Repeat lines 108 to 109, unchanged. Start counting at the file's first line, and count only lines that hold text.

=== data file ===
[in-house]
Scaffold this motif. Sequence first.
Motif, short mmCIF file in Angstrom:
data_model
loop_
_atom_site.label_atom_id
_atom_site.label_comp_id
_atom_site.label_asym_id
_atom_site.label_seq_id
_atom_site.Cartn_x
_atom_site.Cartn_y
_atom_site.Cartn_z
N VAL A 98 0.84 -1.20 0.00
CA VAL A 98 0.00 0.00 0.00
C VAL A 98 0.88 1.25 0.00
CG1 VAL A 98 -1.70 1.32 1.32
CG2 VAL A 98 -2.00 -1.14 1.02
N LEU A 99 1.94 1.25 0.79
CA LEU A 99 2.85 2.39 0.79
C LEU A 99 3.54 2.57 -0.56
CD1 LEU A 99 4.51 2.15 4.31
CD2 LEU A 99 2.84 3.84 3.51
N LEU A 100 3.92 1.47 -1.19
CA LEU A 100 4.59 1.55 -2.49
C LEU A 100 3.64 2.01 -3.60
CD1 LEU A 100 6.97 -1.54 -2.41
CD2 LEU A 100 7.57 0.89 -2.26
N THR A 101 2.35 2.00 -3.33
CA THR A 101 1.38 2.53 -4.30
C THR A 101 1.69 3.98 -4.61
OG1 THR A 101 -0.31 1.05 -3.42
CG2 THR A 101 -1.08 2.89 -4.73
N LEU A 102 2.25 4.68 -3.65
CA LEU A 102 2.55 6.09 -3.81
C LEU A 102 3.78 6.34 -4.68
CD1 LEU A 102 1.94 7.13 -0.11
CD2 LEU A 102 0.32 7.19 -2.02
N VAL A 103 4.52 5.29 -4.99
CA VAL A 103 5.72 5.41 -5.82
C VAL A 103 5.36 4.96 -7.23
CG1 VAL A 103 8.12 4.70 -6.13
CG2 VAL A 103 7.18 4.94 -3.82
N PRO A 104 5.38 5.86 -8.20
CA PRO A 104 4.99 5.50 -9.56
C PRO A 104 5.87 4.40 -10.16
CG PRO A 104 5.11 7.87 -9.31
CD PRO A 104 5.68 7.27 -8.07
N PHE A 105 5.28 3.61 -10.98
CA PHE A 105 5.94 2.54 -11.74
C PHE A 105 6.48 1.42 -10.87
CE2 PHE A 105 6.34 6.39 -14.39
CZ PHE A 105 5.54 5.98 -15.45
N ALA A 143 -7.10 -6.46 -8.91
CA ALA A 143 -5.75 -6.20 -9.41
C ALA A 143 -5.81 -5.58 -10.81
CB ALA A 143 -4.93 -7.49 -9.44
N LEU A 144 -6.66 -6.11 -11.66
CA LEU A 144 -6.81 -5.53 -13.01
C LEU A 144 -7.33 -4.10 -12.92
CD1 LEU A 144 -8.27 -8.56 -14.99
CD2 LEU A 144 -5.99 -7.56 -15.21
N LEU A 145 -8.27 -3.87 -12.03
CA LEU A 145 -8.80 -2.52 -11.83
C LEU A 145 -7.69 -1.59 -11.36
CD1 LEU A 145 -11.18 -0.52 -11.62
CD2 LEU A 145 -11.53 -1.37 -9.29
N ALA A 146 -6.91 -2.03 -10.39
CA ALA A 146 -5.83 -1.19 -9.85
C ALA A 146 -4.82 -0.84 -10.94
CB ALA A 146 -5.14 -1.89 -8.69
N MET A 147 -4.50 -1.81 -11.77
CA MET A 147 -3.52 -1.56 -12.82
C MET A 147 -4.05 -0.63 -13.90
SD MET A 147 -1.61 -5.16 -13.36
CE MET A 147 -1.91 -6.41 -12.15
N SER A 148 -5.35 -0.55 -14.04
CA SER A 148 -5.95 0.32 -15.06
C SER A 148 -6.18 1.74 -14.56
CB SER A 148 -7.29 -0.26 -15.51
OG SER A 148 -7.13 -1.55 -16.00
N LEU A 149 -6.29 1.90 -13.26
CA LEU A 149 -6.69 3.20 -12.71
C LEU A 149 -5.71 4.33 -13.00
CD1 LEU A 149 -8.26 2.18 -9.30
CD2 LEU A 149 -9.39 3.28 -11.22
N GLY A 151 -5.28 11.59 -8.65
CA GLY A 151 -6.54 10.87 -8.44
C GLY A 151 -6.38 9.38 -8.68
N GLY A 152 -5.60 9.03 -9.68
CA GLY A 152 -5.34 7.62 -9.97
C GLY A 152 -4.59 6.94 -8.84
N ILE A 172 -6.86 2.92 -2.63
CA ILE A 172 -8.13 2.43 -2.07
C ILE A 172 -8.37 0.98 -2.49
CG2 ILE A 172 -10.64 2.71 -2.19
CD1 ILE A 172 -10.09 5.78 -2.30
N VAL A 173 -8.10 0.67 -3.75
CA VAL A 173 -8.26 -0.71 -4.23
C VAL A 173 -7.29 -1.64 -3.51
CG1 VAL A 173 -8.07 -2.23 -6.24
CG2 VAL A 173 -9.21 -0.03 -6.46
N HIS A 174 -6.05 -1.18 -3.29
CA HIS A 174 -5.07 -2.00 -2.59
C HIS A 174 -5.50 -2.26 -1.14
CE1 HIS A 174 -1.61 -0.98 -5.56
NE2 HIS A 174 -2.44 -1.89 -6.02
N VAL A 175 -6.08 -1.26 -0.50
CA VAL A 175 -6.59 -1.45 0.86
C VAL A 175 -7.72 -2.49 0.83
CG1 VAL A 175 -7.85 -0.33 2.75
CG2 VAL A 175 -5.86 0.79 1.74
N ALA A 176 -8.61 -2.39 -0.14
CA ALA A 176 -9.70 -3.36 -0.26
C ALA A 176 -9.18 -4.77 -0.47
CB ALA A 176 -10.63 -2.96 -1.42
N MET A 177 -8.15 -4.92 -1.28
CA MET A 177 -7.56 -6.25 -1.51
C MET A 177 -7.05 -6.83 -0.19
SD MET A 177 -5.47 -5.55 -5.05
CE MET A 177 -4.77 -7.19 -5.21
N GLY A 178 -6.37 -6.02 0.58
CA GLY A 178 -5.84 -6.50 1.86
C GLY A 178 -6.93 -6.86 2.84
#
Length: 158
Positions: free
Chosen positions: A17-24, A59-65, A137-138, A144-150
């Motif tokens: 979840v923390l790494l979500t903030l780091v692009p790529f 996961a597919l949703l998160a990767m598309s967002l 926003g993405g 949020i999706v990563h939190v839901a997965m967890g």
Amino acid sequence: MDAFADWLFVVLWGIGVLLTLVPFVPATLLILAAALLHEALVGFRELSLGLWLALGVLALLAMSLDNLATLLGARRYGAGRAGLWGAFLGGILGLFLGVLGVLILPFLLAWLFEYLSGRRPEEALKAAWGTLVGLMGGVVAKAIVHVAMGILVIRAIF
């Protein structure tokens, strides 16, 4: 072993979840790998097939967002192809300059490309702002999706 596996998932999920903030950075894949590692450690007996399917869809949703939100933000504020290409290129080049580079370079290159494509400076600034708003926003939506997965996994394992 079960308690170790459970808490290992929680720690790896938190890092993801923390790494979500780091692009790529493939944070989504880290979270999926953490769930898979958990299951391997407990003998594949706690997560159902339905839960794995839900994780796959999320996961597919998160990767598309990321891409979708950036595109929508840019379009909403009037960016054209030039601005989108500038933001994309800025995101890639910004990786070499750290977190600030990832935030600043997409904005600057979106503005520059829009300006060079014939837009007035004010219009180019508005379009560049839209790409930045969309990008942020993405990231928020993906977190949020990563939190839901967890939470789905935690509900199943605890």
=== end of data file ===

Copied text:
CA VAL A 175 -6.59 -1.45 0.86
C VAL A 175 -7.72 -2.49 0.83